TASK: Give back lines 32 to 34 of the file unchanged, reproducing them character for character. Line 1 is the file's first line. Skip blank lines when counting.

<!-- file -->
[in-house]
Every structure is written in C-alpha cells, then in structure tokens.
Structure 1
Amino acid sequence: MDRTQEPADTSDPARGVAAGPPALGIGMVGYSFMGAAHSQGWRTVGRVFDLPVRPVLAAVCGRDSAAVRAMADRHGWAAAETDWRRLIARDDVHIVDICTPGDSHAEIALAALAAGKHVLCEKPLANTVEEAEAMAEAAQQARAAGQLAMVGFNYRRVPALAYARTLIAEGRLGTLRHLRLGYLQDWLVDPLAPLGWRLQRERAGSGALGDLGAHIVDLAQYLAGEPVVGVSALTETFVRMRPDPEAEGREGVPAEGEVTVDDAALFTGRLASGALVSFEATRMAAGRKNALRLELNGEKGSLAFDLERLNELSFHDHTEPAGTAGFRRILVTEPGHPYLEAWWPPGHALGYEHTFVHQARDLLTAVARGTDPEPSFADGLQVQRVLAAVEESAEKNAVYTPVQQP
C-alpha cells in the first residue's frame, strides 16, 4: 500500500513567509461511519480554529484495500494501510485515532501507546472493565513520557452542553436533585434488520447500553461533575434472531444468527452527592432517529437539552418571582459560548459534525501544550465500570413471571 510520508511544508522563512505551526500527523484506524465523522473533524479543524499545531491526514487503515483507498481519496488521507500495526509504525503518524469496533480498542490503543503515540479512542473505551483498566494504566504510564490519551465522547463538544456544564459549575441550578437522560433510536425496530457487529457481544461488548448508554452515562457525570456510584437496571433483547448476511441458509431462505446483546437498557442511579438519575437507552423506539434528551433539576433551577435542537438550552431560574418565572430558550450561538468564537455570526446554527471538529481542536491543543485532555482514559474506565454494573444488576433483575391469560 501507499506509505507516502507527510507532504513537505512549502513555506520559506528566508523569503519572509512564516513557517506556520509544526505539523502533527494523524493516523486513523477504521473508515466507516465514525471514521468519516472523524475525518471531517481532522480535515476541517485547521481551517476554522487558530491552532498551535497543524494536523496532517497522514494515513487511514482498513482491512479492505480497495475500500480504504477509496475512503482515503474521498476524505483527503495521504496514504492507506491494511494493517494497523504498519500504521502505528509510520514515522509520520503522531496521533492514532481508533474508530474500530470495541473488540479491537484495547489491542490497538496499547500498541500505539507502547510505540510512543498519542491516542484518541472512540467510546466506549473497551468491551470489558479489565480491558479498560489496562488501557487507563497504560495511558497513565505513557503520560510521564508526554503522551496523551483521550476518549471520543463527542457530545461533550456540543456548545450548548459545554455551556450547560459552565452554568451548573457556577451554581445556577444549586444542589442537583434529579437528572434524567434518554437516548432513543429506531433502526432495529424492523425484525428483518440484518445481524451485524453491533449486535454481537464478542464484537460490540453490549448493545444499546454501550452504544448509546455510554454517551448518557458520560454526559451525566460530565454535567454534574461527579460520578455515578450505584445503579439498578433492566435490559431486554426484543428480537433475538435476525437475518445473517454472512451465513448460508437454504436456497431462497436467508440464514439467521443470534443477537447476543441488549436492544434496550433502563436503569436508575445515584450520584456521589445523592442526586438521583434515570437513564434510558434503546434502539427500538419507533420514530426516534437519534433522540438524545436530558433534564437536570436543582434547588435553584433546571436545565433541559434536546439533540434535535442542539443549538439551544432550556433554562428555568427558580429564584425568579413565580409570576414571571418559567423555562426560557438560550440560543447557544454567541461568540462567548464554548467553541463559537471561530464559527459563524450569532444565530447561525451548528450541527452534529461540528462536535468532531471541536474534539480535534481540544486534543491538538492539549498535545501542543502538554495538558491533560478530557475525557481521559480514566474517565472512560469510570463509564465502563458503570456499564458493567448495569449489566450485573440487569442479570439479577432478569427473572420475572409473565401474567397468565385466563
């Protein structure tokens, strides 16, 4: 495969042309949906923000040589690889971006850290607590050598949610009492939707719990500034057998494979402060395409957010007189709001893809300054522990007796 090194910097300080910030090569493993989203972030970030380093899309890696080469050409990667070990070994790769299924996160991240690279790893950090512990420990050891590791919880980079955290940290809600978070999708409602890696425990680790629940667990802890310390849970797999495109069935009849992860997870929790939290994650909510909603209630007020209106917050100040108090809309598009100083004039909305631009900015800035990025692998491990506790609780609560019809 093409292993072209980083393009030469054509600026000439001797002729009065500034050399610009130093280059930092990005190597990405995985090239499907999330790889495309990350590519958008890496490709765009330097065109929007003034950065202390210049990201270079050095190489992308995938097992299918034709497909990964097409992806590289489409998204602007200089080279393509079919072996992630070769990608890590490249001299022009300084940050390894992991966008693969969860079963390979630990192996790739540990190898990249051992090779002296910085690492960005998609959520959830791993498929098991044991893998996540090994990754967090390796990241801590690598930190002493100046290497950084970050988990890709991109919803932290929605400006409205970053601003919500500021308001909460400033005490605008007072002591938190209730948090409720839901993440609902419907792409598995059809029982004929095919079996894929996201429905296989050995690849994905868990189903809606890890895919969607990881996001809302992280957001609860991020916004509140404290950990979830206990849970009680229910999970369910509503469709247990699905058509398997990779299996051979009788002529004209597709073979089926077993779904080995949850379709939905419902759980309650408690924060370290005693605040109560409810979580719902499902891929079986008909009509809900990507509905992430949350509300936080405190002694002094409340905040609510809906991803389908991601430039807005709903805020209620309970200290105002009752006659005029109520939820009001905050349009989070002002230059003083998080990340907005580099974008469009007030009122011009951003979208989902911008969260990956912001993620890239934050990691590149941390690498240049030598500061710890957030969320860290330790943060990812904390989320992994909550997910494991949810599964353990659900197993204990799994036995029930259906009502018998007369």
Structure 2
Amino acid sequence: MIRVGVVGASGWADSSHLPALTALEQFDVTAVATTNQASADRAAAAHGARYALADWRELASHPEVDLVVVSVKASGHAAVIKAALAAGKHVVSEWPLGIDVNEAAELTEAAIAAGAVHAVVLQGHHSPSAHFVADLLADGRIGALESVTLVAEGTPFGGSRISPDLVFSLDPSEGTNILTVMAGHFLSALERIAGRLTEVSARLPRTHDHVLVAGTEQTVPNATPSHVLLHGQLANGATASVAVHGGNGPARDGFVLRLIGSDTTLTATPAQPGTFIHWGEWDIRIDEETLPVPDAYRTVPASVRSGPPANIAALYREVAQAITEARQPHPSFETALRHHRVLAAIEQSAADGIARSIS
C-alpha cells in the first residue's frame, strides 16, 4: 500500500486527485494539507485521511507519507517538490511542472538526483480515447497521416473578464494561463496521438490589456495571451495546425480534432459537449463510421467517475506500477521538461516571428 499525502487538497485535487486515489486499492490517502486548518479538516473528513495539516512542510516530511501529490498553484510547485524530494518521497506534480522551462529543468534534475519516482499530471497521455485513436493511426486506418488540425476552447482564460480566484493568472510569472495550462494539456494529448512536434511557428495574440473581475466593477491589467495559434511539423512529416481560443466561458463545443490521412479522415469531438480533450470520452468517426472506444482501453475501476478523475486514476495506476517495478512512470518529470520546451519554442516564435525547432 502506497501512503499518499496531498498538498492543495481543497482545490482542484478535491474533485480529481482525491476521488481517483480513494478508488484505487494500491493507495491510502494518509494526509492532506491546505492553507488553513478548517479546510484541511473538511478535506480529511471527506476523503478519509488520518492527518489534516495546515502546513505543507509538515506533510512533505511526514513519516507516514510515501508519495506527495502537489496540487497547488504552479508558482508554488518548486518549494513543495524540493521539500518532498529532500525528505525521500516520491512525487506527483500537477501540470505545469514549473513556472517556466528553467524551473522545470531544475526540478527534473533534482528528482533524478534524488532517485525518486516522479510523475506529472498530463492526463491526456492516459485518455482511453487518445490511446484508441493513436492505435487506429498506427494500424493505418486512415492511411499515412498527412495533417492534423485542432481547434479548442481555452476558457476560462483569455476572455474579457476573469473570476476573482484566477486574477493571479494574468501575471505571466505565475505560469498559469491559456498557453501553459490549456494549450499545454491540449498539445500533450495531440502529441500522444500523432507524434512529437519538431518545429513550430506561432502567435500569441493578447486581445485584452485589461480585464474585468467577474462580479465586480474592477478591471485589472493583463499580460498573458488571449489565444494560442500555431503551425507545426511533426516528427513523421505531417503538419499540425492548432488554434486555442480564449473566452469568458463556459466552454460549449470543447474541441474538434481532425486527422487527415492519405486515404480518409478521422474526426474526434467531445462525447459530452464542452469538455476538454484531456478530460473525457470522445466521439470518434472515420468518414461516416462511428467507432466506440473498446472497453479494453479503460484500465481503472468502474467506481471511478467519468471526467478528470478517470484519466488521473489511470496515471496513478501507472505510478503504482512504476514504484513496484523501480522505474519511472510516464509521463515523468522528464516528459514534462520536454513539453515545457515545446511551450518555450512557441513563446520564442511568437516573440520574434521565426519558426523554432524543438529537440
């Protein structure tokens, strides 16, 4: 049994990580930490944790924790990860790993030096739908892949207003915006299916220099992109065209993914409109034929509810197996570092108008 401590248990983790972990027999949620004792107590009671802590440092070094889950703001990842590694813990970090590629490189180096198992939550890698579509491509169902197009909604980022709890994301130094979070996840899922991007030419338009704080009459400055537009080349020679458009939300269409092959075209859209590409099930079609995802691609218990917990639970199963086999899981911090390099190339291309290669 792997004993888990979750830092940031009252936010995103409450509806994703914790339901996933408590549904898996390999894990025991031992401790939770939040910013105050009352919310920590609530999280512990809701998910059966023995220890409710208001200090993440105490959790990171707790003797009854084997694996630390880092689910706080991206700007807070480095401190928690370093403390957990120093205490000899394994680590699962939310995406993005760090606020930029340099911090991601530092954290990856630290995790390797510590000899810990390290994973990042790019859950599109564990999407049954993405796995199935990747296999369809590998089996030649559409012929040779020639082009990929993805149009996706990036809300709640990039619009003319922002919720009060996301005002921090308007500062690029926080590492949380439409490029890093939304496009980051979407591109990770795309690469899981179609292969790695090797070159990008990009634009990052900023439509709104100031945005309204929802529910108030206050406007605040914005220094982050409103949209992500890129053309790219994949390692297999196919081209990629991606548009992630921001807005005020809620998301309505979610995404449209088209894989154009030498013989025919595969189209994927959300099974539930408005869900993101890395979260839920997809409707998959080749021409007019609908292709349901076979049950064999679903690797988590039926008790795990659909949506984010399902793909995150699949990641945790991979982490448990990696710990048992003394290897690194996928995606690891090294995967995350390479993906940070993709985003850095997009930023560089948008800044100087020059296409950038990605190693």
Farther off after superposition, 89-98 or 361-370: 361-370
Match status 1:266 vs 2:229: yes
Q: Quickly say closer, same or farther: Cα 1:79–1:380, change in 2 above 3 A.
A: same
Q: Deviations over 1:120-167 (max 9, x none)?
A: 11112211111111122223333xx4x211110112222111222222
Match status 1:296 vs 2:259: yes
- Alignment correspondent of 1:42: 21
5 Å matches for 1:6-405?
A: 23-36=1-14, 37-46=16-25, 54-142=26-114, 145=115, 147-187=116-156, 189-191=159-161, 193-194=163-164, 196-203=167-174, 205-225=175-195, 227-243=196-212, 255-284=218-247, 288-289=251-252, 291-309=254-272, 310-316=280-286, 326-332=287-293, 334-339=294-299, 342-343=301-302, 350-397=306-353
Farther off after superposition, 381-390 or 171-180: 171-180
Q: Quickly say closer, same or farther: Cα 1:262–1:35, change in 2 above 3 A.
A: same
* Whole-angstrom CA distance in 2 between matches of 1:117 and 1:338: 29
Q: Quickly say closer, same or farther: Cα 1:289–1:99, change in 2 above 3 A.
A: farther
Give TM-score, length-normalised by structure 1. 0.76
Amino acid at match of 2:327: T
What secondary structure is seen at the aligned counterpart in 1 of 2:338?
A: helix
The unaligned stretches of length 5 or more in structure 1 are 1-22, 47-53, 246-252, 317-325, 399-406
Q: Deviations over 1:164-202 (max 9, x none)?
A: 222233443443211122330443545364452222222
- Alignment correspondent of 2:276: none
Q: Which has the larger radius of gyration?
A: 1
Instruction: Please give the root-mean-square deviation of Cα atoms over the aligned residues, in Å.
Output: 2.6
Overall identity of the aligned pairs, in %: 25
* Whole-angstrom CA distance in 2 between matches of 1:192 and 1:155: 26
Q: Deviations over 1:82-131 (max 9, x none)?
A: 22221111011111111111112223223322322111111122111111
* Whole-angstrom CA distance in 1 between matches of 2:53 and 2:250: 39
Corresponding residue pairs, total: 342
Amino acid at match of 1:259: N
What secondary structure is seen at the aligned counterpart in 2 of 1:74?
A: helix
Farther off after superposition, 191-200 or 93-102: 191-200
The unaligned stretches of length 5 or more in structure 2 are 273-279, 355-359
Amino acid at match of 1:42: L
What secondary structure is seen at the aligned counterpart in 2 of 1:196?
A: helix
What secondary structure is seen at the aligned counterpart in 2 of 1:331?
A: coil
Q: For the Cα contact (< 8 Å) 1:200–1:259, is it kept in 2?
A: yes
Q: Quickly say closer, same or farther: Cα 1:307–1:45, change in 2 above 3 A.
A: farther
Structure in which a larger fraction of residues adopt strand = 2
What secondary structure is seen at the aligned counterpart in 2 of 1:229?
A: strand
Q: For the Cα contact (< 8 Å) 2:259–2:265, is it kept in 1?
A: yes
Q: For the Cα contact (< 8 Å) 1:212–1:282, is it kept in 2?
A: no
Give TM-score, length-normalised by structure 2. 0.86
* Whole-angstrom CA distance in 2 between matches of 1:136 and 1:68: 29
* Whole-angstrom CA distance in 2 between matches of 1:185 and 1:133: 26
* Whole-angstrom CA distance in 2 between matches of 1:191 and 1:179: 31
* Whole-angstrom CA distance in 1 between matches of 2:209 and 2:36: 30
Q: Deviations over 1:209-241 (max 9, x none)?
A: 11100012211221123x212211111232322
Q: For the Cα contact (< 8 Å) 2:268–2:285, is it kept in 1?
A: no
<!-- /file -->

Q: Deviations over 1:164-202 (max 9, x none)?
A: 222233443443211122330443545364452222222
- Alignment correspondent of 2:276: none